MANHATTAN — Luxury real estate sales in Manhattan dropped 18 percent in 2016, according to realtor Donna Olshan's year-end market report.
Olshan, who releases a weekly report on contracts over $4 million, said the numbers for such sales were still higher in 2016 than in 2012, but reflect a drop from the "golden years of condo development" that spanned 2013 through 2015.
"The decline reflects classic price resistance," Olshan said in the report, noting that average asking prices were up by 2 percent, but properties languished on the market for more than two months longer in 2016 as compared to 2015 — an increase of 30 percent.
Asking prices dropped an average of 6 percent by the time contracts were signed, compared to an average drop of 5 percent in 2015, according to Olshan's report.
Both she and other top real estate firms noted that co-ops appeared to be getting markedly less popular than condos when it comes to luxury apartments, and that Downtown is winning out, compared to the Upper East and West sides.
Seventy-six percent of all apartments that sold for $4 million or more in 2016 were condos, according to Olshan — with 25 percent fewer co-ops sold for $4 million or more this year compared to last year.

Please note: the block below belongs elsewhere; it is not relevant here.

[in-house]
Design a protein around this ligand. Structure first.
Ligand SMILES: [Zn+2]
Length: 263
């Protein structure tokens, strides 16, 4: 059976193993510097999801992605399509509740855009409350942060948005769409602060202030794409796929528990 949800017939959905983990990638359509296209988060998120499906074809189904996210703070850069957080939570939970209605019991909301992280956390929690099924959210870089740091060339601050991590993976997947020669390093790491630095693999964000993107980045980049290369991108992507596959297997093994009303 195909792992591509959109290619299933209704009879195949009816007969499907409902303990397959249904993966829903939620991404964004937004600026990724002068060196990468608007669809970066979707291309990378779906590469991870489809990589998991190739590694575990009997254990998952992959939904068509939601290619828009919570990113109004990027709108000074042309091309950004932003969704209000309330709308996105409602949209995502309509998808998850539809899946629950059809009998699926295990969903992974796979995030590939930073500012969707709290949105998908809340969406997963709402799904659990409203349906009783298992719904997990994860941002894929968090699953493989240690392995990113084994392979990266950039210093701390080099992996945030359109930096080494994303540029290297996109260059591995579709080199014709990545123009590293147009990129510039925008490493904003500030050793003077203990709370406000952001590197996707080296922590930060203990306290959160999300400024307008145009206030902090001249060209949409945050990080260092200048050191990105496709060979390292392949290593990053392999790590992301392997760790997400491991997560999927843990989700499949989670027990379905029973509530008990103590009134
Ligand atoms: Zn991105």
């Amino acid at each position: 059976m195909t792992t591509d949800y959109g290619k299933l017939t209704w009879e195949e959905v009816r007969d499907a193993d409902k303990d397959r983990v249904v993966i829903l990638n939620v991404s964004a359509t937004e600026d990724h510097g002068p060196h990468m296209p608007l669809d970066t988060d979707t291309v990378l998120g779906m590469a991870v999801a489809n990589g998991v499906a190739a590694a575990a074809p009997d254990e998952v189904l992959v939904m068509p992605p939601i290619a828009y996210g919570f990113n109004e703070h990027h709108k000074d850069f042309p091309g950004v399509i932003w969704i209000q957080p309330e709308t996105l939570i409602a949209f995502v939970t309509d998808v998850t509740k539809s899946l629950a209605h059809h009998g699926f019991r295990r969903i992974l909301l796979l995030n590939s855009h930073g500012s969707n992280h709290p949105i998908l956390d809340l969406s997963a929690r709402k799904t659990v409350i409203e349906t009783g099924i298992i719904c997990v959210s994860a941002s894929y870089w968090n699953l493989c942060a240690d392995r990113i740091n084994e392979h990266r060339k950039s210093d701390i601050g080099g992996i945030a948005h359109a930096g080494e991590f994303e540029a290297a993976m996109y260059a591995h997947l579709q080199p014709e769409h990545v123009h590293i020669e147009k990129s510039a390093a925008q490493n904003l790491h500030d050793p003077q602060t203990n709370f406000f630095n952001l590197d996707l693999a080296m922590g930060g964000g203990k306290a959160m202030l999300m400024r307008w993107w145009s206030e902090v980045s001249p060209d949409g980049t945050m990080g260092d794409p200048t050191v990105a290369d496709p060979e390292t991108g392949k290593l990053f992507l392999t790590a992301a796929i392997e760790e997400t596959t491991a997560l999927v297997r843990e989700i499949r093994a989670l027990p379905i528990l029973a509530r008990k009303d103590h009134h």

Data from the real estate firm Stribling found a co-op slowdown when looking at sales priced $5 million and higher in the second half of the year (July 1 through Nov. 15) compared with the same period in 2015.
For instance, in the ultra-high end market above $20 million, there were no co-op sales in the second half of 2016, the firm found. During the same period in 2015, there were eight.
While there were 20 percent fewer co-op sales at $5 million or more in Manhattan overall, some neighborhoods saw even greater declines, like a 40 percent drop in Upper West Side co-ops, according to Stribling.
But as with Olshan, Stribling's report showed that condo sales at $5 million or more went up: an increase of 38 percent in the second half of 2016 compared to the same time in 2015.
Olshan said the apparent preference for condos over co-ops shows "a continuing market shift in the luxury market to new condos that offer freedom of ownership, new infrastructure, robust amenities, and some hip architecture — particularly seen Downtown."
Of the 990 co-ops and condos sold in Manhattan at $4 million or more, more than half were Downtown, according to Olshan's report.
Stribling Private Brokerage Director Kirk Henckels, who authored his firm's report, agreed, attributing the preference for Downtown condos to buyers turned off by "lengthy board vetting processes" in the co-op world.
The unit sold was on the 43rd floor and had an asking price of $17.625 million. It was the seventh time this year that the building has taken the top spot in Olshan's report, she said.
According to The Real Deal, the top three priciest apartment sales this year were at 432 Park Ave., with the top sale being a unit on the 96th floor that went for $87.7 million.